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Macbeth_ACT_1 HAVO 5 21/22

  MACBETH
  ACT I
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Slide 1: Tekstslide
EngelsMiddelbare schoolvwoLeerjaar 4

In deze les zitten 17 slides, met interactieve quizzen, tekstslides en 3 videos.

time-iconLesduur is: 50 min

Onderdelen in deze les

  MACBETH
  ACT I

Slide 1 - Tekstslide

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You will understand/master the terms below; 
You will answer the questions in Hand-out nr 1 (uploaded in SOM)
thane                                       dramatic irony           metonymi
soliloquy                                metaphor                     synecdoche
pathetic fallacy                   personification         antithesis 
imagery                                   simile
alliteration                              anaphora
assonance                              hyperbole
paradox                                    simile

Slide 2 - Tekstslide

Metonymy - is the use of a word or phrase to represent a thing, an entity, a group of people, an institution. ' The church' for example may represent clergymen who make decisions on moral issues.
Synecdoche - is the use of a part to represent a whole. 'Take thy face hence.' Face represents a person of his body.
Antithesis - is the use of contrasting words in a phrase/sentence 'When the battle's lost and won'.
                     SOLILOQUY
A soliloquy is a speech performed by a single character, usually in a play. In a soliloquy the character speaks his thoughts out loud, to himself. This literary device allows the audience to know what the character is thinking, though the other characters are not present and therefore do not know this information.


A soliloquy - from the Latin solus ("alone") and loqui ("to speak") - is a speech that one gives to oneself.
In a play, a character delivering a soliloquy talks to himself/herself - thinking out loud, as it were - so that the audience better understands what is happening to the character internally.

Slide 3 - Tekstslide

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Slide 4 - Video

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Macbeth - Thane 
  • (in Anglo-Saxon England) a man who held land granted by the king or by a military nobleman, ranking between an ordinary freeman and a hereditary noble.
  • (in Scotland) a man, often the chief of a clan, who held land from a Scottish king and ranked with an earl's son.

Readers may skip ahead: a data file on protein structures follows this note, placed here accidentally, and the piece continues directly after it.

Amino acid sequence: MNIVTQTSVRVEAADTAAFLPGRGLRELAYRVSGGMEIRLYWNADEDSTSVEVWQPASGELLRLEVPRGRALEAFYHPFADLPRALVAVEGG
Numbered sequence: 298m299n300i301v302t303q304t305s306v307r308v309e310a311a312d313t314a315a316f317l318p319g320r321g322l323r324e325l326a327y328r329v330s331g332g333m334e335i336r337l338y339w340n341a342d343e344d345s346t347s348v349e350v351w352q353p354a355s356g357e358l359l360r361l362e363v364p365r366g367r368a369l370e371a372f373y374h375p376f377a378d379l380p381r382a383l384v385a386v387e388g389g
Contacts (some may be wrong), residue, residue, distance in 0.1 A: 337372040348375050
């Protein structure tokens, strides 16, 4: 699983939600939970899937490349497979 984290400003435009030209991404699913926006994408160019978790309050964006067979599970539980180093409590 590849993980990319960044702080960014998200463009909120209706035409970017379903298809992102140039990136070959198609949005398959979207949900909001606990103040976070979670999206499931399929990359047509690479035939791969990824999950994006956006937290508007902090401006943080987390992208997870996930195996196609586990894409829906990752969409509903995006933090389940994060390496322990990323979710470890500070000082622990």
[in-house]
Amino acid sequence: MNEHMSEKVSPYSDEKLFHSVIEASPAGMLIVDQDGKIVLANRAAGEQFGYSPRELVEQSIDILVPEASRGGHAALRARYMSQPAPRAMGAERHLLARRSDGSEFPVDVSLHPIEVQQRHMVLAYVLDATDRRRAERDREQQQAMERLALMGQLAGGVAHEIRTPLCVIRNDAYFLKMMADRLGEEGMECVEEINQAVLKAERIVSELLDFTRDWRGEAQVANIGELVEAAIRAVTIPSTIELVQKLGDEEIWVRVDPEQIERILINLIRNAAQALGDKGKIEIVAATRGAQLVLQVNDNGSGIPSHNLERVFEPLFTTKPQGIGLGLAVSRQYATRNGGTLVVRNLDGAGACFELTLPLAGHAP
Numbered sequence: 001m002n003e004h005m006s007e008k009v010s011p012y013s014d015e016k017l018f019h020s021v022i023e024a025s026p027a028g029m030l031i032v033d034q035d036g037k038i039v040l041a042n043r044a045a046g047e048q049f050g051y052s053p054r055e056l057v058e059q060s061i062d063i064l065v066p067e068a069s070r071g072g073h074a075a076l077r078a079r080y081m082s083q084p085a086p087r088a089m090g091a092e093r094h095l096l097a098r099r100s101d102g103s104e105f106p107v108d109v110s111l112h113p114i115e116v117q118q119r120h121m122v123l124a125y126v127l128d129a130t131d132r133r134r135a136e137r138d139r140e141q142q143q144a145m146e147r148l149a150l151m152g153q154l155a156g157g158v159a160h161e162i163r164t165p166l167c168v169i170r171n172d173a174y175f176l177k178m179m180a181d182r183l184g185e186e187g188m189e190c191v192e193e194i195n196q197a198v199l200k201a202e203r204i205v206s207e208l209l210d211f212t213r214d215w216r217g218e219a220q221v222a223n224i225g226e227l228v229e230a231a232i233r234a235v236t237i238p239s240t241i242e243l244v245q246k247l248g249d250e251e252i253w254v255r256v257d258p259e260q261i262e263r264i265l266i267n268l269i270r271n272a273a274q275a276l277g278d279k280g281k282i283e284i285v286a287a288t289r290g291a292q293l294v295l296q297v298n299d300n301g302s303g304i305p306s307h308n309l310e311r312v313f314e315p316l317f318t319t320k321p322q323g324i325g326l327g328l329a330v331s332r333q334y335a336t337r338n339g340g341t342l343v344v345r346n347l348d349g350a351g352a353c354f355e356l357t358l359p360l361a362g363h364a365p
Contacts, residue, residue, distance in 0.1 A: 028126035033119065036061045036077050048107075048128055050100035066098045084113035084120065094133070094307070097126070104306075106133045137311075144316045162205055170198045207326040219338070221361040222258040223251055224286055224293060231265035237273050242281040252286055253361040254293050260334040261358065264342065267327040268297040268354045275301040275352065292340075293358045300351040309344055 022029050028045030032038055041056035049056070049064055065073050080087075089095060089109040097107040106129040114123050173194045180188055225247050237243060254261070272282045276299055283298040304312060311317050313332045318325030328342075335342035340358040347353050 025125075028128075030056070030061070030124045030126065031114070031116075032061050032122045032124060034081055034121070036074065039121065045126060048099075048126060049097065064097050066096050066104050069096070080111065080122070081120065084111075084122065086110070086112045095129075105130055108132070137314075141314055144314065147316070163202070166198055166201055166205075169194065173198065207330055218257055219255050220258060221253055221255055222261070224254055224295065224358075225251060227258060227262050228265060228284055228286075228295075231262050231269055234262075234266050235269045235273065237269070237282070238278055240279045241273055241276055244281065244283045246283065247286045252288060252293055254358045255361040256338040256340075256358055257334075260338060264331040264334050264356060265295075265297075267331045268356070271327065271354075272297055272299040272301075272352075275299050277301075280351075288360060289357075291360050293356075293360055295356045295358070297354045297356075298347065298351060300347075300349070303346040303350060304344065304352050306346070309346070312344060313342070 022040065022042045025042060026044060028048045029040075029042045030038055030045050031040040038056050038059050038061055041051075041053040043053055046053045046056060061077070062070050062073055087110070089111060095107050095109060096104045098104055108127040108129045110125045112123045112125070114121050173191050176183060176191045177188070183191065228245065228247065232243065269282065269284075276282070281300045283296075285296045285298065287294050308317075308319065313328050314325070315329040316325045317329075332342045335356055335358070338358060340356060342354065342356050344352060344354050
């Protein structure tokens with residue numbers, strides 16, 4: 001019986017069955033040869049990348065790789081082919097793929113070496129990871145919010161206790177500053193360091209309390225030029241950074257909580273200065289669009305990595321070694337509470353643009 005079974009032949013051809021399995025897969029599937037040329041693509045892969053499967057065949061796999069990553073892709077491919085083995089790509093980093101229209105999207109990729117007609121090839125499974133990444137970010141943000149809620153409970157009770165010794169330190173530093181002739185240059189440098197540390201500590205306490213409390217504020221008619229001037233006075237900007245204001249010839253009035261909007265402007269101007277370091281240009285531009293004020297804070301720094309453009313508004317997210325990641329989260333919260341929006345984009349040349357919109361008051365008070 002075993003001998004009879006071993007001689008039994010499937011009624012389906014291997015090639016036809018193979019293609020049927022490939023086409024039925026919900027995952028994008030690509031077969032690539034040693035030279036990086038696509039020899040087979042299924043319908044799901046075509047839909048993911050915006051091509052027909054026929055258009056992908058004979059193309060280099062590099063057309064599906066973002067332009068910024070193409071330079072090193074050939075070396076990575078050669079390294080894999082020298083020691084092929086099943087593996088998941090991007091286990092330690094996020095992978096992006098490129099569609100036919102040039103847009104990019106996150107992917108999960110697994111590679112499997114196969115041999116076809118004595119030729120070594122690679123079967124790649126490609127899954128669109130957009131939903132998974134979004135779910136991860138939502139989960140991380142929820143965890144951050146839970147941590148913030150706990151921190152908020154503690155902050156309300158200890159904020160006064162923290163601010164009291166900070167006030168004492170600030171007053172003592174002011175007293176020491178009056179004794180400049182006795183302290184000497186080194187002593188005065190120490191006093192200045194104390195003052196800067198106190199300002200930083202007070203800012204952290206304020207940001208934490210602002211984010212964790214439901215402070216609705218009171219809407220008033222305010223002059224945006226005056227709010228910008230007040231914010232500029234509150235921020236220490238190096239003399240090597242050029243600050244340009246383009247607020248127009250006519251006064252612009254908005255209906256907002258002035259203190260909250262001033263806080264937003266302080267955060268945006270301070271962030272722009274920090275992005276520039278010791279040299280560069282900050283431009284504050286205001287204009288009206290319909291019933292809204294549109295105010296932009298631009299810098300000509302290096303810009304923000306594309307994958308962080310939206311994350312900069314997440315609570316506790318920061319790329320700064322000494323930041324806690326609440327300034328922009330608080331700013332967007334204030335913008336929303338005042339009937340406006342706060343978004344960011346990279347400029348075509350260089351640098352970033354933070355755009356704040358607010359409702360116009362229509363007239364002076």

"the Thane of Cawdor"

Slide 5 - Tekstslide

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Aside (soliloquy versus aside)
An aside is a short comment or speech that a character delivers directly to the audience, or to himself, while other actors on the stage appear not to hear. Only the audience knows that the character has said something to them.
Aside versus soliloquy. The difference between them is that an aside is a shorter comment, while a soliloquy is a longer speech. Further, an aside reveals hidden secrets or judgments, whereas the soliloquy reveals motives, inner thoughts, or internal struggles going on in the mind of the character.

Slide 6 - Tekstslide

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Pathetic Fallacy
Pathetic fallacy is a literary device that attributes human qualities and emotions to inanimate objects of nature. 
Pathetic fallacy is a kind of personification that gives human emotions to inanimate objects of nature; for example, referring to weather features reflecting a mood. Personification, on the other hand, is a broader term. It gives human attributes to abstract ideas, animate objects of nature, or inanimate non-natural objects.
For example, the sentence “The somber clouds darkened our mood” is a pathetic fallacy, as human attributes are given to an inanimate object of nature reflecting a mood. But, the sentence “The sparrow talked to us” is a personification because the animate object of nature – the sparrow – is given the human quality of “talking.”

Slide 7 - Tekstslide

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Macbeth - setting